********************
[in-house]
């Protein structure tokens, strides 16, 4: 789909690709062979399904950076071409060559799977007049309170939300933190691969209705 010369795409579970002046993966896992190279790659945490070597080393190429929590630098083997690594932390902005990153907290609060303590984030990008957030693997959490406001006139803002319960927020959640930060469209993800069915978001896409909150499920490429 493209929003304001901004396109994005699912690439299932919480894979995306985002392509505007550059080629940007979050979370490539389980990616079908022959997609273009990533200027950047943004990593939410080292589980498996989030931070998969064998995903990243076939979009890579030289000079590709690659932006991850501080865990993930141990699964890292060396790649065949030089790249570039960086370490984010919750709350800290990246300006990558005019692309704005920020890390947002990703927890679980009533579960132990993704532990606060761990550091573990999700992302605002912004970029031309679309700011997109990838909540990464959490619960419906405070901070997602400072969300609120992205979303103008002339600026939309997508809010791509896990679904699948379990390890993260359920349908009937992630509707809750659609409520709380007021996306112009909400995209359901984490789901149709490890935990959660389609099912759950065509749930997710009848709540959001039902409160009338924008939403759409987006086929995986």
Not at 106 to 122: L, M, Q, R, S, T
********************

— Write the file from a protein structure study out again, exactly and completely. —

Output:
[in-house]
């Protein structure tokens, strides 16, 4: 789909690709062979399904950076071409060559799977007049309170939300933190691969209705 010369795409579970002046993966896992190279790659945490070597080393190429929590630098083997690594932390902005990153907290609060303590984030990008957030693997959490406001006139803002319960927020959640930060469209993800069915978001896409909150499920490429 493209929003304001901004396109994005699912690439299932919480894979995306985002392509505007550059080629940007979050979370490539389980990616079908022959997609273009990533200027950047943004990593939410080292589980498996989030931070998969064998995903990243076939979009890579030289000079590709690659932006991850501080865990993930141990699964890292060396790649065949030089790249570039960086370490984010919750709350800290990246300006990558005019692309704005920020890390947002990703927890679980009533579960132990993704532990606060761990550091573990999700992302605002912004970029031309679309700011997109990838909540990464959490619960419906405070901070997602400072969300609120992205979303103008002339600026939309997508809010791509896990679904699948379990390890993260359920349908009937992630509707809750659609409520709380007021996306112009909400995209359901984490789901149709490890935990959660389609099912759950065509749930997710009848709540959001039902409160009338924008939403759409987006086929995986």
Not at 106 to 122: L, M, Q, R, S, T